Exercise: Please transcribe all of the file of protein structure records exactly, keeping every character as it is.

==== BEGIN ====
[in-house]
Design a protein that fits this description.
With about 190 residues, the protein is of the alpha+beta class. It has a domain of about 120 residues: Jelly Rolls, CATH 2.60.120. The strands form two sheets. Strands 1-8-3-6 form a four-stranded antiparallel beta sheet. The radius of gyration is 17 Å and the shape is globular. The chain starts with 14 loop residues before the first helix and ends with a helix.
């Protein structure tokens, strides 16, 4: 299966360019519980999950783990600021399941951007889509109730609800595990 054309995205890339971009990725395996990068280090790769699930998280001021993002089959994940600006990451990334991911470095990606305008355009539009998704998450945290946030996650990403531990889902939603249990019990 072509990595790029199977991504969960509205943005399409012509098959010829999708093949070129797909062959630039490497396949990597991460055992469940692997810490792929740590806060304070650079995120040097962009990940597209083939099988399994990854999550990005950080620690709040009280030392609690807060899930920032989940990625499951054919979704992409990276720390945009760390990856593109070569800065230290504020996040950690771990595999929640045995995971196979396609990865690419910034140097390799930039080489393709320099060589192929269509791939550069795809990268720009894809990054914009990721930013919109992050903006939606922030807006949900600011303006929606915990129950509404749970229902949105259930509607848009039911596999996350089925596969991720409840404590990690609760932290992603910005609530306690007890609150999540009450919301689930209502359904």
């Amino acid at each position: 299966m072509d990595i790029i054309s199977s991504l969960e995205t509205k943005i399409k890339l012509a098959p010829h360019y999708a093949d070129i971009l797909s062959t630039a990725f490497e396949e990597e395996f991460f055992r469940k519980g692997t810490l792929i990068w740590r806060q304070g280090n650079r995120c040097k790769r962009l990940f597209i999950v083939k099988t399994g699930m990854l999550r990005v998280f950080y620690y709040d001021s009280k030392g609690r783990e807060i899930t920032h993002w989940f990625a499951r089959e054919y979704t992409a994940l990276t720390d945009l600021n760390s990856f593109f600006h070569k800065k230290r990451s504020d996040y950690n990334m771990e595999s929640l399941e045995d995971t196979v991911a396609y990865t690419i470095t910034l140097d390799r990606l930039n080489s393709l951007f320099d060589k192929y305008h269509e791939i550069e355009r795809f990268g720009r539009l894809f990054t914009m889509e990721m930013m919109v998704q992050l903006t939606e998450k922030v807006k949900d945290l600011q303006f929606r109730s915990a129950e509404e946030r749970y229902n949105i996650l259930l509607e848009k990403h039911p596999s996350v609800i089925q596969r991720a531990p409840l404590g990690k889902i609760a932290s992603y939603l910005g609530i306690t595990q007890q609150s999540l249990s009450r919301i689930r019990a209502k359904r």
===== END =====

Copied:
[in-house]
Design a protein that fits this description.
With about 190 residues, the protein is of the alpha+beta class. It has a domain of about 120 residues: Jelly Rolls, CATH 2.60.120. The strands form two sheets. Strands 1-8-3-6 form a four-stranded antiparallel beta sheet. The radius of gyration is 17 Å and the shape is globular. The chain starts with 14 loop residues before the first helix and ends with a helix.
């Protein structure tokens, strides 16, 4: 299966360019519980999950783990600021399941951007889509109730609800595990 054309995205890339971009990725395996990068280090790769699930998280001021993002089959994940600006990451990334991911470095990606305008355009539009998704998450945290946030996650990403531990889902939603249990019990 072509990595790029199977991504969960509205943005399409012509098959010829999708093949070129797909062959630039490497396949990597991460055992469940692997810490792929740590806060304070650079995120040097962009990940597209083939099988399994990854999550990005950080620690709040009280030392609690807060899930920032989940990625499951054919979704992409990276720390945009760390990856593109070569800065230290504020996040950690771990595999929640045995995971196979396609990865690419910034140097390799930039080489393709320099060589192929269509791939550069795809990268720009894809990054914009990721930013919109992050903006939606922030807006949900600011303006929606915990129950509404749970229902949105259930509607848009039911596999996350089925596969991720409840404590990690609760932290992603910005609530306690007890609150999540009450919301689930209502359904």
């Amino acid at each position: 299966m072509d990595i790029i054309s199977s991504l969960e995205t509205k943005i399409k890339l012509a098959p010829h360019y999708a093949d070129i971009l797909s062959t630039a990725f490497e396949e990597e395996f991460f055992r469940k519980g692997t810490l792929i990068w740590r806060q304070g280090n650079r995120c040097k790769r962009l990940f597209i999950v083939k099988t399994g699930m990854l999550r990005v998280f950080y620690y709040d001021s009280k030392g609690r783990e807060i899930t920032h993002w989940f990625a499951r089959e054919y979704t992409a994940l990276t720390d945009l600021n760390s990856f593109f600006h070569k800065k230290r990451s504020d996040y950690n990334m771990e595999s929640l399941e045995d995971t196979v991911a396609y990865t690419i470095t910034l140097d390799r990606l930039n080489s393709l951007f320099d060589k192929y305008h269509e791939i550069e355009r795809f990268g720009r539009l894809f990054t914009m889509e990721m930013m919109v998704q992050l903006t939606e998450k922030v807006k949900d945290l600011q303006f929606r109730s915990a129950e509404e946030r749970y229902n949105i996650l259930l509607e848009k990403h039911p596999s996350v609800i089925q596969r991720a531990p409840l404590g990690k889902i609760a932290s992603y939603l910005g609530i306690t595990q007890q609150s999540l249990s009450r919301i689930r019990a209502k359904r």